October 23, 2017

Winnipeg
7° C, Overcast

Full Forecast

Advertisement

Advertise With Us

Simply bovine

Eatery offers good selection of local beer, upscale burgers and bar snacks

TREVOR HAGAN / WINNIPEG FREE PRESS</p><p>Josh Nesojednik, owner, holding the Bacon Poutine and the Winnipegger Burger at the Tipsy Cow.</p></p>

TREVOR HAGAN / WINNIPEG FREE PRESS

Josh Nesojednik, owner, holding the Bacon Poutine and the Winnipegger Burger at the Tipsy Cow.

Taking over a high-turnover location on Portage Avenue, the Tipsy Cow folks are off to a solid start with a brightened-up interior, welcoming service and a focused menu.

As the name suggests, this casual venue is a combo of bar — packed with good local beer — and upscale burgers and bar snacks.

You can kick things off with candied bacon, a crazy, concentrated fusion of fat, salt and sweet, which involves strips of smoked bacon, augmented with sea salt and sugar and thick enough to stand upright in a glass.

There are other finger foods on offer, including house-fried chips and dip, a charcuterie plate and chicken wings. The sampled Korean barbecued wings were nicely sauced, but could have been be crispier.

Subscribers Log in below to continue reading,
not a subscriber? Create an account to start a 30 day free trial.

Log in Create your account

Add a payment method

To read the remaining 452 words of this article.

Pay only 27¢ for articles you wish to read.

Hope you enjoyed your trial.

Add a payment method

To read the remaining 452 words of this article.

Pay only 27¢ for articles you wish to read.

Taking over a high-turnover location on Portage Avenue, the Tipsy Cow folks are off to a solid start with a brightened-up interior, welcoming service and a focused menu.

As the name suggests, this casual venue is a combo of bar — packed with good local beer — and upscale burgers and bar snacks.

You can kick things off with candied bacon, a crazy, concentrated fusion of fat, salt and sweet, which involves strips of smoked bacon, augmented with sea salt and sugar and thick enough to stand upright in a glass.

There are other finger foods on offer, including house-fried chips and dip, a charcuterie plate and chicken wings. The sampled Korean barbecued wings were nicely sauced, but could have been be crispier.

Burgers, which form the core of the menu, are good in the fundamentals. Beef patties, made from fresh-ground chuck, are juicy and served on good bread, including rich, toasted brioche buns with shiny brown tops.

The fixings range from to old-school to zhooshed-up (whisky onions, peppercorn aioli, house-pickled jalapeño). Fries are fresh-cut and good, and onion rings are tender and crisp.

The menu, which includes rotating specials, is fairly bacony and beefy — the place is called Tipsy Cow, after all — but the veggie burger is not just an afterthought. With vegetarian burgers, there’s often a compromise between structural integrity — does it hang together? — and taste. This black bean-based patty fell apart a bit, but had a nice, slightly spicy flavour, intensified by the garlic chip and apple slaw toppings.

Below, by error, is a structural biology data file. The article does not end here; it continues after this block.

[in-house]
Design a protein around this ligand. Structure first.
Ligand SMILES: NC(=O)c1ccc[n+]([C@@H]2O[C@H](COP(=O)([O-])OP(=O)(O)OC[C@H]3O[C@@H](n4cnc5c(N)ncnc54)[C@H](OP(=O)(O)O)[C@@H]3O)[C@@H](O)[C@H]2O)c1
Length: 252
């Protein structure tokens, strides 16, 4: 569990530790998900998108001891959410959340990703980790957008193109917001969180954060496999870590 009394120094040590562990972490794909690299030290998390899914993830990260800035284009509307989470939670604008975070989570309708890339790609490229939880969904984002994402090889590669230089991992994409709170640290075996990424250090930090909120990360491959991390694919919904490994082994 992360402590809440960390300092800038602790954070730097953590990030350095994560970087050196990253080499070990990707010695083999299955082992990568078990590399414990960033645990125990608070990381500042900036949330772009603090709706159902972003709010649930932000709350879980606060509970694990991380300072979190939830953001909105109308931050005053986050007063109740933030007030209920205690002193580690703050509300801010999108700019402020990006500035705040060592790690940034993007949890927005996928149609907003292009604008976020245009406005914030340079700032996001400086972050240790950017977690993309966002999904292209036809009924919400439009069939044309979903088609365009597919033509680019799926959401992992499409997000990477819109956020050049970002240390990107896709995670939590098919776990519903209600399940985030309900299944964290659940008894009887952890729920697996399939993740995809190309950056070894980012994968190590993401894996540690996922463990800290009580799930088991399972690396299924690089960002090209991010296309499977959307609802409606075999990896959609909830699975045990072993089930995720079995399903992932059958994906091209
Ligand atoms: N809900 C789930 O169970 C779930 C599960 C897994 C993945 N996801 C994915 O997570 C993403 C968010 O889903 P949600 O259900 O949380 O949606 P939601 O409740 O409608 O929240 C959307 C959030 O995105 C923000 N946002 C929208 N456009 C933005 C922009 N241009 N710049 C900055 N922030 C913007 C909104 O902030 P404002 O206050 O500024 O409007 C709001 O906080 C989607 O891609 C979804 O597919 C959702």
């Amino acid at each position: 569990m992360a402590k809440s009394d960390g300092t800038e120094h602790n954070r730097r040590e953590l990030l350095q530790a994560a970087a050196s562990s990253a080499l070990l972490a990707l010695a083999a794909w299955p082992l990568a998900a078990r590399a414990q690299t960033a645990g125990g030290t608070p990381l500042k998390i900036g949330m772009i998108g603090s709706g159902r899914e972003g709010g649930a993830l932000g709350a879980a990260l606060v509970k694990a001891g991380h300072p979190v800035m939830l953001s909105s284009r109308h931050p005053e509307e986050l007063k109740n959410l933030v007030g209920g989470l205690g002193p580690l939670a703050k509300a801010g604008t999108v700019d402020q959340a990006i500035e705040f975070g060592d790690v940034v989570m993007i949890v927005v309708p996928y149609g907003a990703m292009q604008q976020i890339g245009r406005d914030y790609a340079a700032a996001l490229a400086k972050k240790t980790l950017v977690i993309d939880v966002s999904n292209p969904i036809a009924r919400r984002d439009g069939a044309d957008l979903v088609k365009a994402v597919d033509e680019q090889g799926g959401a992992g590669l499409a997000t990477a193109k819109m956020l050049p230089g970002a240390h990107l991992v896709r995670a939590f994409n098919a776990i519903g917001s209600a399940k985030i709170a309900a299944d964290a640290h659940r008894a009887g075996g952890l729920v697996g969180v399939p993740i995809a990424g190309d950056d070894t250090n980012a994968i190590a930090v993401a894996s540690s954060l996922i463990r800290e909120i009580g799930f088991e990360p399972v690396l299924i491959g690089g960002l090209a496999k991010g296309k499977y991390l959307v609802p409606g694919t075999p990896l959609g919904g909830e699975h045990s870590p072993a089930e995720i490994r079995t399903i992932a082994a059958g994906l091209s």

The "Soups, Greens and Things" category ("things"?) includes a creamy caesar salad, with more of that good bacon, and two soups — an eclectic borscht, packed with good stuff but oversalted, and a chicken herb that was generous with noodles and roasted chicken, but maybe too generous with the herbs, which seemed to be manhandling the broth.

There are several poutine options. The classic features gloriously straight-up and unsubtle beef gravy — and you really don’t want to get too fancy here — and big chunks of Quebec cheese curds. And yes, you can order a version with more of that swell bacon.

The chili fries, which include Winnipeg-style chili sauce, Bothwell marble cheese, chives, garlic chips and a fried egg, were tasty but a mite dry.

The dessert menu is brief. A sampled ice cream sandwich featured Cornell ice cream and homemade cookies drizzled with salted caramel (unfortunately, oversalted). Another sweet option would be a thick and creamy milkshake, which can be tipsied up with a shot of booze for an extra $4.

The drinks menu is an extensive booklet (though it involves different typefaces on each page, which drove the font snobs at my table to distraction). There’s a focus on beer, with plenty of local brews in bottles and on tap — from Torque, Half Pints, Barn Hammer, Little Brown Jug and OGC. There is also Tall Grass vodka and gin from Capital K, the Winnipeg-based distillery. Classic cocktails include a frothy, zippy whisky sour (a $5 special on Whisky Thursday).

Tipsy Cow’s space is long and narrow, and the new owners have worked with this layout by placing a stretched-out bar near the front and a quieter seating area at the back, with neutral brown fittings and furniture, and cream walls. Proximity to Bell MTS Place means there are inevitably TV screens with sports, but at least they aren’t too loud.

alison.gillmor@freepress.mb.ca

Read more by Alison Gillmor.

Advertisement

Advertise With Us

You can comment on most stories on The Winnipeg Free Press website. You can also agree or disagree with other comments. All you need to do is be a Winnipeg Free Press print or e-edition subscriber to join the conversation and give your feedback.

Have Your Say

New to commenting? Check out our Frequently Asked Questions.

Have Your Say

Comments are open to The Winnipeg Free Press print or e-edition subscribers only. why?

Have Your Say

Comments are open to The Winnipeg Free Press Subscribers only. why?

The Winnipeg Free Press does not necessarily endorse any of the views posted. By submitting your comment, you agree to our Terms and Conditions. These terms were revised effective January 2015.